On the rocky outcrop known as Balcarres Craig (or Crag) stands an elegant eye-catcher in the form of a circular tower with ruined curtain walls attached. It was built in 1813 for Robert Lindsay of Balcarres House as a ‘grand object in the landscape’.
Early in the 19th century Benjamin Farrer built a tower close to his home in Fagley, then a village on the edge of Bradford. The elegant edifice declined after its builder’s death and survived for less than a century. But that was time enough to accumulate the usual fanciful folly stories.
John Powell Powell (1769-1849 – the double Powell acquired to meet the conditions of an inheritance) was passionate about bell-ringing and erected this ‘light, elegant and fanciful building’ at Quex Park, his seat in Kent, where his hobby could be indulged. Not content with a lofty tower, he almost doubled its height with a unique cast iron spire – years before a certain Parisian landmark took shape.
Eller How is a handsome villa, high above the town of Ambleside. In 1863 it was bought by the Boyle family, and soon after they added this curious prospect tower. Known as the Tower of Beauty and Friendship, thanks to a unique element of the design, it stands on a mound in the gardens.
In 1938 John Betjeman wrote a feature on ‘Gentlemen’s Follies’ for Country Life magazine. In it he noted a number of well-known follies, including the then very new tower built by Lord Berners at Faringdon, close to where Betjeman lived. He also mentioned another local folly, a tower in the village of Woolstone (then Berkshire, now Oxfordshire). So whilst the house above doesn’t look much like a folly, it does have a great folly story attached.
In 1839 Charles Booker leased a plot of land in the corner of Guildford’s ‘Great Hilly Field’. There’s a clue to his purpose in the name of the site: Booker needed an elevated spot on which to build a ‘prospect tower’. After his death the adjacent land became the town’s cemetery, and the tower passed to the Burial Board (who were reluctant custodians). It later came into the control of the town council, and a contract was signed in 1927 to allow its demolition. But by a quirk of fate the tower survived, and stands tall today.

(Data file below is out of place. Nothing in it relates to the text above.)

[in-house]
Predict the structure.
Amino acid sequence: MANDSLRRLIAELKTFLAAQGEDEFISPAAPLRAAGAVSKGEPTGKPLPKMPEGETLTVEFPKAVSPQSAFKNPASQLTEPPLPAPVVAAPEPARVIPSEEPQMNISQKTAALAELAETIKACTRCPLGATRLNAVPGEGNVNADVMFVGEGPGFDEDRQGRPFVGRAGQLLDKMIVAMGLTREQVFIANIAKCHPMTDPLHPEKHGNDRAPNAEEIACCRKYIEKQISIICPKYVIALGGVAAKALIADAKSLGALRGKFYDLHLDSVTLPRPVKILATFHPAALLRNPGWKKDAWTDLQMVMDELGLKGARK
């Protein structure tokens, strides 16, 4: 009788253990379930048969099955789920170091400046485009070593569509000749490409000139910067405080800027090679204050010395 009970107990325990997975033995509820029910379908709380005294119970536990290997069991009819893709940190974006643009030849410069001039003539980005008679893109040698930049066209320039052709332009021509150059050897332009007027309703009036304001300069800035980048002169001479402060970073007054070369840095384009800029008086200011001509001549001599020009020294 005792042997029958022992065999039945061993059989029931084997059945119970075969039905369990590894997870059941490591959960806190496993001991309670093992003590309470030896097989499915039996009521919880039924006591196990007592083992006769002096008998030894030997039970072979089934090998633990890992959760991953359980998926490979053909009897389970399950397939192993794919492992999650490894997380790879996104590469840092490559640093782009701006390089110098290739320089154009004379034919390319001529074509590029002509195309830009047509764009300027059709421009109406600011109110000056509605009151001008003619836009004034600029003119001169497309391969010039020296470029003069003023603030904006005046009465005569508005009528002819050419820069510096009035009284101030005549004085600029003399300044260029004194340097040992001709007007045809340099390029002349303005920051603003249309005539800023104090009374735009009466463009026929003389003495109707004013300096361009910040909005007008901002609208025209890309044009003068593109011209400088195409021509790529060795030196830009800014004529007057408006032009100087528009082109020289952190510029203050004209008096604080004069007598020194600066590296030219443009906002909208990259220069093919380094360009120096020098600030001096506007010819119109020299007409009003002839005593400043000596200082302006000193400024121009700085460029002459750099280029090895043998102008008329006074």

Cothelstone was an ancient seat of the Stawel family. In the second half of the 18th century it was the property of Mary Stawel (1726-1780), the sole surviving direct descendant. In recognition of her ancient lineage, George III made her a baroness in her own right in 1760, with the title to pass to her sons from her first marriage to Henry Bilson Legge, Earl of Dartmouth. After the death of her first husband in 1764, Mary married Wills Hill, the Earl of Hillsborough (he would be created Marquess of Downshire after her death).
The Flâneuse is travelling far and wide this month in search of follies, and the results of her research will appear here very soon. Until she gets home, and gathers her thoughts, here are the highlights of a very recent day in the Cotswolds with members of the Folly Fellowship.
Cotehele stands just on the Cornwall side of the river Tamar that forms the boundary with Devon. The estate was the ancient seat of the Edgcumbes, but by the 18th century it was a secondary residence, with the family preferring nearby Mount Edgcumbe, overlooking Plymouth Sound. On high ground above the house at Cotehele stands this solitary three-sided tower, of which little seems to be known. No inscriptions give even a hint of its history.
Although initially mocked in some quarters as Prince Albert’s ‘folly’, the 1851 Great Exhibition in Hyde Park was a triumph. But the agreement had always been that the great glass gallery, which had become known as the ‘Crystal Palace’, would be removed after the fair was over, and the parkland setting then restored. But as the Earl of Carlisle wrote when that time approached, ‘the destruction of the Crystal Palace would be as perverse and senseless an act of vandalism as could be perpetuated’. Moving the building to an ‘open and accessible spot’ outside the city seemed the most sensible solution, but one man had other ideas…